Challenges and opportunities of Germany’s inclusion in the Open Government Partnership
In December of 2016, the Federal Republic of Germany joined the Open Government Partnership (OGP), an international initiative that seeks to reshape the relationship between governments and citizens by promoting transparency, civic participation, and the use of new technologies. This way Germany joins 74 other nations who have signed onto this initiative and its inception marks an important opportunity to further the open government agenda in the country. Will Germany’s inclusion in the OGP shake the foundations of policymaking in the country? Which commitments can we expect in the first 2-year cycle? Which areas of Open Government have more potential for growth in the longer term? And looking at the world more broadly, what is the fate of openness amidst the current wave of nationalist containment?
Welcome and introduction:
- Luciana Cingolani (Assistant Professor for Public Administration, Hertie School)
- Beate Lohmann (Director General for Administrative Modernisation and Organisation, Federal Ministry of the Interior)
- Beate Lohmann
- Walter Palmetshofer (Project Leader, Open Knowledge Foundation)
- Peter Varga (Regional Civil Society Coordinator Europe, Open Government Partnership)
- Kai Wegrich (Professor of Public Administration and Public Policy, Hertie School)
- Moderation: Zoe Reiter (Senior Project Leader, Transparency International)
Luciana Cingolani is Assistant Professor for Public Administration at the Hertie School. Her research interests lie at the intersection between public management and technology, with a focus on administrative capacity building, transparency and accountability, and the role of eServices and Open Data.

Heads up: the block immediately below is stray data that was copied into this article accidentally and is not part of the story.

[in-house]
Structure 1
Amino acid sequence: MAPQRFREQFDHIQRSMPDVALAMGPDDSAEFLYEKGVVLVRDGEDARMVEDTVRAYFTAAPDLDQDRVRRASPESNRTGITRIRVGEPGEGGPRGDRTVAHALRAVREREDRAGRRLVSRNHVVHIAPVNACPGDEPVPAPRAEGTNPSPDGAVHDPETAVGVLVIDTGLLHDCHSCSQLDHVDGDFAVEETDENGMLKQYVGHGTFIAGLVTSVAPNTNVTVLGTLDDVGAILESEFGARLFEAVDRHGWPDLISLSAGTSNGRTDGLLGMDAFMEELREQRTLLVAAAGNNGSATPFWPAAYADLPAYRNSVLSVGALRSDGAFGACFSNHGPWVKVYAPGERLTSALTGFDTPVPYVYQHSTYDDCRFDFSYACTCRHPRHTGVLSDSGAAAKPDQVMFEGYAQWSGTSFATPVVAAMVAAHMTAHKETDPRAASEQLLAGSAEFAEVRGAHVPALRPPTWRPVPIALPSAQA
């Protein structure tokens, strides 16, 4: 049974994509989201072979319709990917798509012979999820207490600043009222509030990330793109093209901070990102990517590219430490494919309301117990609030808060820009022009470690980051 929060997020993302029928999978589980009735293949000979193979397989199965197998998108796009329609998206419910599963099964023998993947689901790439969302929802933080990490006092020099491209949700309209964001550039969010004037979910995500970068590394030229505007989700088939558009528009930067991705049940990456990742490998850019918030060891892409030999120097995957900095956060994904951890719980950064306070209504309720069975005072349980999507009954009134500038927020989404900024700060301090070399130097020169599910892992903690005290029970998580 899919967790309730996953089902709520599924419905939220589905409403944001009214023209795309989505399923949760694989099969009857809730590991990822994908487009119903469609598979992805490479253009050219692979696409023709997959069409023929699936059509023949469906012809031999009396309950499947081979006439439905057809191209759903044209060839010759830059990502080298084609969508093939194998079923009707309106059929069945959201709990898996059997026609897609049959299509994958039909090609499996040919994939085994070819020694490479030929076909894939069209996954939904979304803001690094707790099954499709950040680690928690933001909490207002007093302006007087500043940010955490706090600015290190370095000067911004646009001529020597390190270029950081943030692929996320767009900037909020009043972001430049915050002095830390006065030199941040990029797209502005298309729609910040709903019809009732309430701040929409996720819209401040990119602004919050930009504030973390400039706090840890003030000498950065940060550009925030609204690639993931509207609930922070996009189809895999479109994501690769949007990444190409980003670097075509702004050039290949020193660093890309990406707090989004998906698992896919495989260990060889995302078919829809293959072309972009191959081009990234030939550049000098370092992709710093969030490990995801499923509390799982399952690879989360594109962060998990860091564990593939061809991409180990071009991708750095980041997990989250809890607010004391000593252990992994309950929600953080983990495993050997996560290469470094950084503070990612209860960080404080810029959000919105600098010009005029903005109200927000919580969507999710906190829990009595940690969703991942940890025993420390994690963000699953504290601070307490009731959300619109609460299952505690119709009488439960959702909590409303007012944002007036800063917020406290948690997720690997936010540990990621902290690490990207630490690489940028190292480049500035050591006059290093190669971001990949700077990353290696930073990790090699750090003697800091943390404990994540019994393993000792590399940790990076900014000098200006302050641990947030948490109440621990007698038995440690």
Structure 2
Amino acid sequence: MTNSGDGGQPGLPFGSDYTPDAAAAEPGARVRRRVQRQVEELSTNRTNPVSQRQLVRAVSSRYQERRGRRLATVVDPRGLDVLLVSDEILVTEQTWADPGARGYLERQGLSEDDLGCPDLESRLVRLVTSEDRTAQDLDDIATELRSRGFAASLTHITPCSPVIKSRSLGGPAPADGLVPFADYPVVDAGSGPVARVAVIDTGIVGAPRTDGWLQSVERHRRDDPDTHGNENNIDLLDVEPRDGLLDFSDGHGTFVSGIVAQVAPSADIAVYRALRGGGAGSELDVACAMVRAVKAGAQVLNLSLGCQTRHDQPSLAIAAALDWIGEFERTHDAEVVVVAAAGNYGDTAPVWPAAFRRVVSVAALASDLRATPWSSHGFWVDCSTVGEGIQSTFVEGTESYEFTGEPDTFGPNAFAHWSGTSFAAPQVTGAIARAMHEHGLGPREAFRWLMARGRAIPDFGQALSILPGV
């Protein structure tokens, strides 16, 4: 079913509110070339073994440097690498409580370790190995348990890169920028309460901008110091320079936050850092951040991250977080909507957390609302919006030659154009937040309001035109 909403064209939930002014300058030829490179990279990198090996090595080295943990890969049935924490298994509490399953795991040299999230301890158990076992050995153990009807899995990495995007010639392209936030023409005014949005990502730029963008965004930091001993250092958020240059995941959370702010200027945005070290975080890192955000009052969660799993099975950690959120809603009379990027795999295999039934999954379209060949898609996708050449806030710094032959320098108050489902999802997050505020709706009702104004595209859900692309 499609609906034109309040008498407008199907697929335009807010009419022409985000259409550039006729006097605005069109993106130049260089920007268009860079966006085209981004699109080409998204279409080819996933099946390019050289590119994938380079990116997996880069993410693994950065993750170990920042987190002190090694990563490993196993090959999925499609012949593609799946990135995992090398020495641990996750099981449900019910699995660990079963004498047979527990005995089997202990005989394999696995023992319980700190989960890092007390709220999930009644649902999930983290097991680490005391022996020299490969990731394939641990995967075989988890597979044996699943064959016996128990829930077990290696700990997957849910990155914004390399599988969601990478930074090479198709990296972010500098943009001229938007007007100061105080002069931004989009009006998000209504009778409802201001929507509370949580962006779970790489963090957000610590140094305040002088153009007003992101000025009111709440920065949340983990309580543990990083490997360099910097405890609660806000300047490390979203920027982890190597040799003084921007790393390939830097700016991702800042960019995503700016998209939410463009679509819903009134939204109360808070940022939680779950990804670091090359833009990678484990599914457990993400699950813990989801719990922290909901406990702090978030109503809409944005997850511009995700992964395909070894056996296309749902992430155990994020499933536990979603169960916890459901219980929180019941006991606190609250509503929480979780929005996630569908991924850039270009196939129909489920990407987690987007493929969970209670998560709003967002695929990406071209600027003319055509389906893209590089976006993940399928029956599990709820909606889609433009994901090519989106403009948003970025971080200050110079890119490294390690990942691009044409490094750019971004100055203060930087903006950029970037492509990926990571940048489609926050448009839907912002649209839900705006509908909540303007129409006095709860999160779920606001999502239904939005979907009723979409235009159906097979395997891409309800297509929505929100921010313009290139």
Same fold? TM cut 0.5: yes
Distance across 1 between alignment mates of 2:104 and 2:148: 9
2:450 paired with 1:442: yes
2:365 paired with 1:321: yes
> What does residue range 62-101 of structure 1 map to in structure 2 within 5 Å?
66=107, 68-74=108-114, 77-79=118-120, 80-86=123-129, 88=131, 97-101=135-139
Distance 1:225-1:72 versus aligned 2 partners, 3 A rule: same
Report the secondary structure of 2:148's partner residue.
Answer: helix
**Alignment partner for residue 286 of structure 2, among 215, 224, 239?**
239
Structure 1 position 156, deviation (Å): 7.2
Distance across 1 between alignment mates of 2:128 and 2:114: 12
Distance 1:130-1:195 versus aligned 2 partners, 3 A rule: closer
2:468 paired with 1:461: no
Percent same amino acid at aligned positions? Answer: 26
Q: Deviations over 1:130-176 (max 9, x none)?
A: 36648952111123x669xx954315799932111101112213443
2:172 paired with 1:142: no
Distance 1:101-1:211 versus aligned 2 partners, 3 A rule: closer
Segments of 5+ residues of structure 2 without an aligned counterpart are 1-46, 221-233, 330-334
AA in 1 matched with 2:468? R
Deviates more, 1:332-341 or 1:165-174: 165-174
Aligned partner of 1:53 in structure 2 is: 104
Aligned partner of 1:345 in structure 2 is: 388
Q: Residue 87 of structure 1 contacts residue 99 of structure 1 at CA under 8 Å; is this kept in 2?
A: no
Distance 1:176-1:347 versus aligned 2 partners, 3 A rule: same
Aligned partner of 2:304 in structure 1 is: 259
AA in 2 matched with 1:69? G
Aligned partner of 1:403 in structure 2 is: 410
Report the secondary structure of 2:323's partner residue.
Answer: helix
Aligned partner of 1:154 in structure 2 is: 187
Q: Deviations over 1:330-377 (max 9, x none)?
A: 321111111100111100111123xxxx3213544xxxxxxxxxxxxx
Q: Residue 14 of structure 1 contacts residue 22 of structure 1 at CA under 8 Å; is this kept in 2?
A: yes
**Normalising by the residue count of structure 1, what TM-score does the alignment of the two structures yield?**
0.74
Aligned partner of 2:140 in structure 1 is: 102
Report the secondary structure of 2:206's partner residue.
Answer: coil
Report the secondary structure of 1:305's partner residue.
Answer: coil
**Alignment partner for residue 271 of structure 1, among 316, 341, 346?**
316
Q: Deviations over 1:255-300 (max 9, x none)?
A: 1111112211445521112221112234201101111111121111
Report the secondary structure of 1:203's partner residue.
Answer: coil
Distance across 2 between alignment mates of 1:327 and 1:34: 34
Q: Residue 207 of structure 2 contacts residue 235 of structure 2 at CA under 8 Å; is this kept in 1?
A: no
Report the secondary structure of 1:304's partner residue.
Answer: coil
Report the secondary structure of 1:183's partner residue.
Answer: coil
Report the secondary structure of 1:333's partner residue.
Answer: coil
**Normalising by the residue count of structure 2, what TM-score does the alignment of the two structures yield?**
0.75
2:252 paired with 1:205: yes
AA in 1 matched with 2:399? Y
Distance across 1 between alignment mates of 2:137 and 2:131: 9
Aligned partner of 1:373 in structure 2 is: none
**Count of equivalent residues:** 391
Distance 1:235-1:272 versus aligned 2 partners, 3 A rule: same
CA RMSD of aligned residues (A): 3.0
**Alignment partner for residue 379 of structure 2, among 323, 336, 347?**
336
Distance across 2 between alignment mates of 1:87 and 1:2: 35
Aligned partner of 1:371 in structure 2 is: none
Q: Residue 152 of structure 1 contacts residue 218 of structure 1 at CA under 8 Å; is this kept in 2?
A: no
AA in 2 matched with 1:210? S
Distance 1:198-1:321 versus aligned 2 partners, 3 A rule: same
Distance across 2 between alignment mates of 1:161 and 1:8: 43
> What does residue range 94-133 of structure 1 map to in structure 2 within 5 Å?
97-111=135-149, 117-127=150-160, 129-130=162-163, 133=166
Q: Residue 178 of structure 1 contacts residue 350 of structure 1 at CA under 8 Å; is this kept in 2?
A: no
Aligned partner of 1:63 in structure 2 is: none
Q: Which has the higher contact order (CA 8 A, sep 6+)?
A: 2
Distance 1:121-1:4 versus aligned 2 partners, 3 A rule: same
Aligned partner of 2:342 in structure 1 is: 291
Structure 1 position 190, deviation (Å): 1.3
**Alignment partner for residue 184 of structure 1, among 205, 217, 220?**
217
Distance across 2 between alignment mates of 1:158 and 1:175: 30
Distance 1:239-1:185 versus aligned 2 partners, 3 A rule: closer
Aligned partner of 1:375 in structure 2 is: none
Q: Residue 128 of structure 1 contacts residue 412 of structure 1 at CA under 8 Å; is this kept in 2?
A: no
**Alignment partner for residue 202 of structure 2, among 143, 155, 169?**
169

Beate Lohmann is Director General for Administrative Modernisation and Organisation at the Federal Ministry of the Interior. She started her career at the Federal Office of Administration (BVA), and subsequently held several positions within the Ministry of the Interior, including the leadership of the “Better Regulation Unit”, Head of Division O 1 (general matters; Committee for Organisational Issues; modernisation programmes; international cooperation in administrative matters) and Deputy Head of the Directorate-General for Central Tasks. Beate Lohmann holds a Law degree from Cologne. (Image: © Open Government Partnership)
Walter Palmetshofer is an economist by training and has been involved in the domain of Netzpolitik for many years. He is project lead of the Open Knowledge Foundation's EU research project Open Data Incubator (ODINE), the Digitaler Offenheitsindex [do:index], and supervises the Open Data Census. He worked as a system administrator in NYC, before moving to Berlin, where he co-founded a start-up in 2012. (Image: © Open Knowledge Foundation)
Zoe Reiter has worked at Transparency International with partners and Chapters across the Americas and the world to push for greater public accountability since 2008. Currently, she serves as Senior Project Leader on three international anticorruption initiatives. She works closely with over 30 CSO and government partners to tackle corruption and increase citizen oversight of major public contracts, criminal justice institutions, and the delivery of safe and efficient public transportation. Currently she is also contributing to strategies for tackling corruption in the US. Zoe pursues an anti-corruption agenda that seeks greater participation of those communities, individuals and social groups most harmed and marginalized by corrupt governance. She is from New York and educated in cultural anthropology, urban planning, and French and Spanish literature.
Peter Varga joined the Open Government Partnership in July 2016, as Regional Civil Society Coordinator for Europe. He supports civil society organisations across the continent in using the OGP platform more effectively to push for open government reforms and further their advocacy goals. Previously, he worked with Transparency International, supporting national chapters across the Nordic, Baltic and Central European regions, as well as devising the movement’s global internal communications policy. Earlier, Peter developed social enterprises and consulted on non-profit sustainability in emerging markets across Central Europe and Latin America, also piloting the world’s first LGBT venture philanthropy fund. He also gained private sector experience working for a global marketing agency. Peter was Fulbright Visiting Practitioner at Stanford University in 2011-2012, holds an MA in International Relations and European Studies from Central European University, and a BA in Political Science from Yale University.
Kai Wegrich is Professor of Public Administration and Public Policy at the Hertie School. He is a political scientist with research interests in executive politics, regulation, public sector reform and innovations in policy-making.